Friday, May 30, 2014

How to make candied/crystalized violets



One of my favorite things about May is the surplus of sweet violets that covers my back yard. While I do love just seeing them, I also like to use them in culinary senses.  One way I make use of them is in candied or crystalized violets. This can be quite a long process, but makes beautiful decorations for cakes etc.
First, you want to pluck some sweet violets as close to the head as possible. DO NOT use African violets or any flower that had been sprayed with pesticides. When I doubt, do not use them and instead buy the edible flowers you can often find near the salad greens in large grocery stores like wegmans, trader joe’s etc.  Then, wash your flowers well and place on some paper towel stem side down until dry, about an hour.
When they are dry, take the white from one egg and whip with a fork for a minute or until foamy (or there is a layer of foam on top). Then, take a plate or try and cover with a layer of sugar (I used a dinner plate and about ¼ cup sugar). This needs to be pretty finely ground sugar, I find using brand name sugar like domino’s works well, or you can buy caster sugar in the baking isle. Then, spread the foamy egg white onto the flower petals, both front and back. I just use my finder for this. Then, place them face down into the sugar and spread some more sugar on top. In total I used about a half cup of sugar.
Once all of your flowers are covered (I did about 50) place them on your counter for about 24 hours or until completely dry; they will be fragile and “crispy”. Depending on how much moisture is in the air where you dry them they can get stuck to the sugar. I use a fork and carefully break up the sugar under each flower. Store these in a dry, sealed container until you would like to use them.
Try this recipe with other edible flowers like pansies or rose petals! I hope you enjoyed this recipe!


Wednesday, May 28, 2014

Sephora by OPI Review and swatch: It’s bouquet with me

Sephora by OPI has been discontinued for over a year now but they have reappeared at by local Big Lots. The colors available were mostly sparkles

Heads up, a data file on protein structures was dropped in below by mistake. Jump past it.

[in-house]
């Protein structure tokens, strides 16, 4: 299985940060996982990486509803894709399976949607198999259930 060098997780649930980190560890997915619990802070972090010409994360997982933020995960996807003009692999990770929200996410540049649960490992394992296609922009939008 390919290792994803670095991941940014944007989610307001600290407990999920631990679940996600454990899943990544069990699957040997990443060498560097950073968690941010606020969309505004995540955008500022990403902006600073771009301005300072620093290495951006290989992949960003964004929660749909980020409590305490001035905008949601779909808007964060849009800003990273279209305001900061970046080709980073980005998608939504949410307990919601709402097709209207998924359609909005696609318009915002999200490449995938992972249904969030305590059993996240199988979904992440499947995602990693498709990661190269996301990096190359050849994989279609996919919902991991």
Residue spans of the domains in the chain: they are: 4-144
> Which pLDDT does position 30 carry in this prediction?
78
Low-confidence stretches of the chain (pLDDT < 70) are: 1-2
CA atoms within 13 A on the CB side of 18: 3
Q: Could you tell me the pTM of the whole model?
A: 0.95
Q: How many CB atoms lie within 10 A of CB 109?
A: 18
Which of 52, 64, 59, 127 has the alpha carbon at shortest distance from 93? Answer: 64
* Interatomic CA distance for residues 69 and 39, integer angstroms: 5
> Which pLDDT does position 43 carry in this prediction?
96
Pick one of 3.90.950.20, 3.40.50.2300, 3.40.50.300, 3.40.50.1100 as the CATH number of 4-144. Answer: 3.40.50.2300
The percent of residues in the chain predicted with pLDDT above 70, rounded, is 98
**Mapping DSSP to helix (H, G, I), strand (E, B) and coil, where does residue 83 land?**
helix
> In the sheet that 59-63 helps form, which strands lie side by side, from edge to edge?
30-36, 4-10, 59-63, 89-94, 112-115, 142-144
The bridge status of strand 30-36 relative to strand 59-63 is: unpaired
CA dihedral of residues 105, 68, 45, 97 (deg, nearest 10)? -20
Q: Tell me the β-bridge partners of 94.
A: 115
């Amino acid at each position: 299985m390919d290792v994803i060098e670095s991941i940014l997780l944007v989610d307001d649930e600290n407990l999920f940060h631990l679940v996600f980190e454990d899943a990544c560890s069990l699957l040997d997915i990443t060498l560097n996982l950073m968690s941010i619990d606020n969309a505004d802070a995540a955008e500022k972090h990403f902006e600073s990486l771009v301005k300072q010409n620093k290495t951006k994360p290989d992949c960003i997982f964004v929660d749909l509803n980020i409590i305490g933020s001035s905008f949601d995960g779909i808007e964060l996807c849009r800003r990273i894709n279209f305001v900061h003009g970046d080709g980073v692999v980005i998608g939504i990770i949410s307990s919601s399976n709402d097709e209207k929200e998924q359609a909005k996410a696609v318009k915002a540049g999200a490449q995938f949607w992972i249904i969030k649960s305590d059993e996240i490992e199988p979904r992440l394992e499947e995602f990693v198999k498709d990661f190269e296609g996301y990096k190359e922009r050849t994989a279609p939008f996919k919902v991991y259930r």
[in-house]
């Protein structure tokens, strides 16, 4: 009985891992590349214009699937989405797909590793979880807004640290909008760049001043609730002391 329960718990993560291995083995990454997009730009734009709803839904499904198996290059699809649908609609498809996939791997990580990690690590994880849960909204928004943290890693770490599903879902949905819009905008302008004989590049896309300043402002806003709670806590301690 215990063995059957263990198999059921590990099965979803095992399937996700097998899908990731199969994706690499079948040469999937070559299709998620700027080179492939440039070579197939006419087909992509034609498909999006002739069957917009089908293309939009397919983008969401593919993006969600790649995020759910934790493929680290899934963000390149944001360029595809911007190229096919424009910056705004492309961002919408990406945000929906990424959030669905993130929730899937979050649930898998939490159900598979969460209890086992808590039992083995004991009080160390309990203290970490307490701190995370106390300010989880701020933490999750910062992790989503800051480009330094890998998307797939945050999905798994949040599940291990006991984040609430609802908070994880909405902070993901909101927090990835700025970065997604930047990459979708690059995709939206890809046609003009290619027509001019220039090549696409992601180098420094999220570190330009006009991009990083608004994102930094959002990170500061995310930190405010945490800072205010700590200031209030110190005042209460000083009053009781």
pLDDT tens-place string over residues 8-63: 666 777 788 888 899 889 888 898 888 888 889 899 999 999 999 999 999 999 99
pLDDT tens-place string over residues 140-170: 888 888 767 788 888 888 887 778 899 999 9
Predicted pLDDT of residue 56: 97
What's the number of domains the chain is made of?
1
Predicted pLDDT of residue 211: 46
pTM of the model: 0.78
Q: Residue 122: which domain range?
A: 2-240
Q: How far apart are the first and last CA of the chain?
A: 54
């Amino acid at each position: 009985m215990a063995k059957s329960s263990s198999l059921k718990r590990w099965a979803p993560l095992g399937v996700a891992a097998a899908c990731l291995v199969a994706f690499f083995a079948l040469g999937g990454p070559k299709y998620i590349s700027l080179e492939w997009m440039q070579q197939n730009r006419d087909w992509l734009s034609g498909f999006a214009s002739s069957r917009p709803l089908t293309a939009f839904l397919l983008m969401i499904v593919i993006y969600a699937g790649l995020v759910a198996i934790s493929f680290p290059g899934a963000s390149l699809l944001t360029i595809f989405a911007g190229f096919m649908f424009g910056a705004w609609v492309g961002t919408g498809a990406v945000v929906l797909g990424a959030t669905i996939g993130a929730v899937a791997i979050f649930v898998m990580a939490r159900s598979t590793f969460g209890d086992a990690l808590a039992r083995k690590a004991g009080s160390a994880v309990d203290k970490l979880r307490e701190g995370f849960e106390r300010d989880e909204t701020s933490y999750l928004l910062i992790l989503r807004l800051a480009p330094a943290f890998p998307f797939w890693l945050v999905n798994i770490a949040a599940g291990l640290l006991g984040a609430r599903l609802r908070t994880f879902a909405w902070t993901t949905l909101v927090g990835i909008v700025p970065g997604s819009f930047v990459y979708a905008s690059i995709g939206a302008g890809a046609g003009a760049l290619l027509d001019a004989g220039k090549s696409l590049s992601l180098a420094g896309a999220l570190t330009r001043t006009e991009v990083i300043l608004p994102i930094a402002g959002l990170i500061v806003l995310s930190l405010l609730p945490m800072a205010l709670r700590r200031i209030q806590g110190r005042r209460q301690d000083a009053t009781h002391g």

and this one was my favorite. I got it for $1.80; the original price was around $10- $12.

It’s bouquet with me is a dark pink and silver fine glitter polish suspended in an extremely sheer purple (nearly clear) base. In this photo I applied three coats for good glitter coverage; you can still see my nail lines underneath. This polish would also be a great glitter topper.

The glitter went on smoothly; it wasn’t thick or gloopy. I think this is good color for summer and is a great deal on top of it! If you haven’t checked recently, head over to your local Big Lots and see what you can find.

Tuesday, May 27, 2014

Brief Performance Review: Billy Elliot


I had the opportunity to go see a great musical that is very popular right now: Billy Elliot. The musical is about a young boy in a poor mining town in the north on England who want to become a ballet dancer. This musical is full of dance, quite quality and technical dance at that. The boy who plays Billy Elliot is absolutely fantastic; he had to dance so many times in the course of the show and sing on top of that; he must have an extraordinary amount of stamina.  The story had comedy, emotion, and historical reference. One of the main points of the show is a miner’s strike and their hatred of Margaret Thatcher; this is made more poignant by being in London and surrounded by people who actually lived during Margaret Thatcher’s time as Prime Minister.

Overall, it was a very nice show to go to with a very interesting plot. Make sure you go with a liberal companion though; it criticized conservative government and has many references to homosexuality. (so like, a person you would take to a musical). 

Sunday, May 25, 2014

Review and Swatch: Rimmel Sweetie Crush nail polish in 011 Violet Swizzle



With summer comes new limited edition make up collections to the drugstore. The new Sweetie Crush collection from Rimmel London is putting two trends together: pastel nails and textured polish. The colors and the display was so cute (and the price was good too!) so I decided to pick up my first textured polish. The collection has five polishes: yellow, green, pink, blue, and purple.